One saw him immediately. He had the deep orange-brown suntan of a ski instructor, and when he smiled at the crowd his teeth were amazingly white and clearly visible at a distance of fifty yards. For one moment he saluted Pershing Square, and Pershing Square saluted him back, the prince and the beggars of glamour staring at one another across a city street, one of those very special moments in the underground history of the world, and then with a quick move he was out of his car and by choice headed into the crowd instead of the lane cleared for him into the hotel by the police, so that he made his way inside surrounded by a mob, and one expected at any moment to see him lifted to its shoulders like a matador being carried back to the city after a triumph in the plaza.
On finding what is not on the surface of the convention, but runs “in parallel” to its events:
Since mystery is an emotion which is repugnant to a political animal (why else lead a life of bad banquet dinners, cigar smoke, camp chairs, foul breath, and excruciatingly dull jargon if not to avoid the echoes of what is not known), the psychic separation between what was happening on the floor, in the caucus rooms, in the headquarters, and what was happening in parallel to the history of the nation was mystery enough to drown the proceedings in gloom.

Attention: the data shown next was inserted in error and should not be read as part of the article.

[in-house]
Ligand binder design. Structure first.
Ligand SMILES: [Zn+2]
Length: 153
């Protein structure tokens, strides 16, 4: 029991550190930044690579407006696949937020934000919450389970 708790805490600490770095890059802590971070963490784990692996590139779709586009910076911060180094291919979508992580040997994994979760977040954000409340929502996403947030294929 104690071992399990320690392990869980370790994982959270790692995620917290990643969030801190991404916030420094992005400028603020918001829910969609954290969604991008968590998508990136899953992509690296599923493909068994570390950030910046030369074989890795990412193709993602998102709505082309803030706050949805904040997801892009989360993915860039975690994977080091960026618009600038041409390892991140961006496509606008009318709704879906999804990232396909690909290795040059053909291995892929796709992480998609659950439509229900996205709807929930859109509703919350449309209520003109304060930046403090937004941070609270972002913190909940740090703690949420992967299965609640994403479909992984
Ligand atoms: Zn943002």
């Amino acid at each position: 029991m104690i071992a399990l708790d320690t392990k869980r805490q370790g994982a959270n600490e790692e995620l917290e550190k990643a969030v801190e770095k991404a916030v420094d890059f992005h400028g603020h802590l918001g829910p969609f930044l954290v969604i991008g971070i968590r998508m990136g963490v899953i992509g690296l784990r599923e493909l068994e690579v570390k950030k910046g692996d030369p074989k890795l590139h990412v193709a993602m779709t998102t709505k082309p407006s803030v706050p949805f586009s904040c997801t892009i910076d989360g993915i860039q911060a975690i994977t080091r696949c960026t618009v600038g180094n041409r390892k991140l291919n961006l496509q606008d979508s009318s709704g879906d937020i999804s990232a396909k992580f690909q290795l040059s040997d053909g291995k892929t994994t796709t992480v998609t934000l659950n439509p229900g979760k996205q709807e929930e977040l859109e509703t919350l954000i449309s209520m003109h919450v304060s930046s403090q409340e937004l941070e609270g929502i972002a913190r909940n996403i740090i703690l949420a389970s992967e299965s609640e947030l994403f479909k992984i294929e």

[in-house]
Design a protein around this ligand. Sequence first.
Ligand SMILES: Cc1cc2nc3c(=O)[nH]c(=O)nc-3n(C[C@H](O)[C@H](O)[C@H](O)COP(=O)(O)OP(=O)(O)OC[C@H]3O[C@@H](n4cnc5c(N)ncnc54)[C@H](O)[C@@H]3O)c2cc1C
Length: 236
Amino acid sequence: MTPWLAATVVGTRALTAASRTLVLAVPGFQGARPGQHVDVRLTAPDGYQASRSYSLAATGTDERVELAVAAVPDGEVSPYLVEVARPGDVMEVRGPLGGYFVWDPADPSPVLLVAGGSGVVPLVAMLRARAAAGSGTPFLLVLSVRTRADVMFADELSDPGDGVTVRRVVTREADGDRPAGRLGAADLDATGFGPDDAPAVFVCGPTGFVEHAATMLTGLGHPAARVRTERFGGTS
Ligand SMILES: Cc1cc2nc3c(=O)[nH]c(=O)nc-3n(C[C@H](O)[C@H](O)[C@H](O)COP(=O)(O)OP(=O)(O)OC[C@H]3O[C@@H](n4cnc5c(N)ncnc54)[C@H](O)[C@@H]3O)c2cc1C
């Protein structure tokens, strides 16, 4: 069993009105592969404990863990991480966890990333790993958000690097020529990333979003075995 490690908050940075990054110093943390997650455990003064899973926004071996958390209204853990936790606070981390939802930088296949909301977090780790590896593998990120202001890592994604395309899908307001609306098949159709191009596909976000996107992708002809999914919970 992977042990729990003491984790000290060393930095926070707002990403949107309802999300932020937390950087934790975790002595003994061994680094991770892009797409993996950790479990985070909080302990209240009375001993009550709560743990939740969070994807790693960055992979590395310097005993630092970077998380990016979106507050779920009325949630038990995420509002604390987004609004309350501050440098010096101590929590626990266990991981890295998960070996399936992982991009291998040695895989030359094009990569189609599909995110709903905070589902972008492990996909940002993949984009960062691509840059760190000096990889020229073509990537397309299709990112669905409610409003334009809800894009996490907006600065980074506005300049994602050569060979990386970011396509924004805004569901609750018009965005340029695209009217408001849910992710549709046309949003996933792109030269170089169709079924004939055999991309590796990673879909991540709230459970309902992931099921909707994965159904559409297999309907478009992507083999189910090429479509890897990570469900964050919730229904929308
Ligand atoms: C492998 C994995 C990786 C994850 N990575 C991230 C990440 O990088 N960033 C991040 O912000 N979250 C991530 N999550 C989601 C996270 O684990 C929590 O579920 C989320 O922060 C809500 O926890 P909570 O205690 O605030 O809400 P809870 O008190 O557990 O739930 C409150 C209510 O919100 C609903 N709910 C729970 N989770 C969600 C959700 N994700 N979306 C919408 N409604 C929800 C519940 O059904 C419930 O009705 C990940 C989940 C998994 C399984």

Introducing a literary conceit through which he will attempt to interpret events in Los Angeles: the Two Rivers.
Since the First World War Americans have been leading a double life, and our history has moved on two rivers, one visible, the other underground; there has been the history of politics which is concrete, factual, practical and unbelievably dull if not for the consequences of the actions of some of these men; and there is a subterranean river of untapped, ferocious, lonely and romantic desires, that concentration of ecstasy and violence which is the dream life of the nation.
Elsewhere he calls it “the myth.” Later he will claim: “The life of politics and the life of myth had diverged too far.” (That leads to boring conventions.) But Kennedy, he thought, might yoke them together, and that could be dangerous. Here he takes the long view of American history and how it “ended” in Los Angeles.